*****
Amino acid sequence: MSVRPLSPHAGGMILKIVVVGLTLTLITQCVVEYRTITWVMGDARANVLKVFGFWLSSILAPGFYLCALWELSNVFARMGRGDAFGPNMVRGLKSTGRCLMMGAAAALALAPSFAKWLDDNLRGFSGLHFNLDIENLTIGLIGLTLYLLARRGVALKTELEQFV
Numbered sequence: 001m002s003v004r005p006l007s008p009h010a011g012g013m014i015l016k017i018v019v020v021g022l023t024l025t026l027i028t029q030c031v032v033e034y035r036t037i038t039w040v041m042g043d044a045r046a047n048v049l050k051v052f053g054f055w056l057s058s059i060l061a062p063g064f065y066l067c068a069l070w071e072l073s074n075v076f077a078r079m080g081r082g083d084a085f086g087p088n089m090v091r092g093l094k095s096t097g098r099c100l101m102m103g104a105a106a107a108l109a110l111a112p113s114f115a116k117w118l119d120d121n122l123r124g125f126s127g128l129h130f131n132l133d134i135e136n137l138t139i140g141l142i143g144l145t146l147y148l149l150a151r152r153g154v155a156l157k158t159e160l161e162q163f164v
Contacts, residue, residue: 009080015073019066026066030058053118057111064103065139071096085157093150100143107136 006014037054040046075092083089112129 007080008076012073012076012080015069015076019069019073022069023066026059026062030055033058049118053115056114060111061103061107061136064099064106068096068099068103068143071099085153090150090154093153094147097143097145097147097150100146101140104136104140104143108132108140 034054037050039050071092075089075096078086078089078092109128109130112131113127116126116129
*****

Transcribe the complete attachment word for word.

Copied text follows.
Amino acid sequence: MSVRPLSPHAGGMILKIVVVGLTLTLITQCVVEYRTITWVMGDARANVLKVFGFWLSSILAPGFYLCALWELSNVFARMGRGDAFGPNMVRGLKSTGRCLMMGAAAALALAPSFAKWLDDNLRGFSGLHFNLDIENLTIGLIGLTLYLLARRGVALKTELEQFV
Numbered sequence: 001m002s003v004r005p006l007s008p009h010a011g012g013m014i015l016k017i018v019v020v021g022l023t024l025t026l027i028t029q030c031v032v033e034y035r036t037i038t039w040v041m042g043d044a045r046a047n048v049l050k051v052f053g054f055w056l057s058s059i060l061a062p063g064f065y066l067c068a069l070w071e072l073s074n075v076f077a078r079m080g081r082g083d084a085f086g087p088n089m090v091r092g093l094k095s096t097g098r099c100l101m102m103g104a105a106a107a108l109a110l111a112p113s114f115a116k117w118l119d120d121n122l123r124g125f126s127g128l129h130f131n132l133d134i135e136n137l138t139i140g141l142i143g144l145t146l147y148l149l150a151r152r153g154v155a156l157k158t159e160l161e162q163f164v
Contacts, residue, residue: 009080015073019066026066030058053118057111064103065139071096085157093150100143107136 006014037054040046075092083089112129 007080008076012073012076012080015069015076019069019073022069023066026059026062030055033058049118053115056114060111061103061107061136064099064106068096068099068103068143071099085153090150090154093153094147097143097145097147097150100146101140104136104140104143108132108140 034054037050039050071092075089075096078086078089078092109128109130112131113127116126116129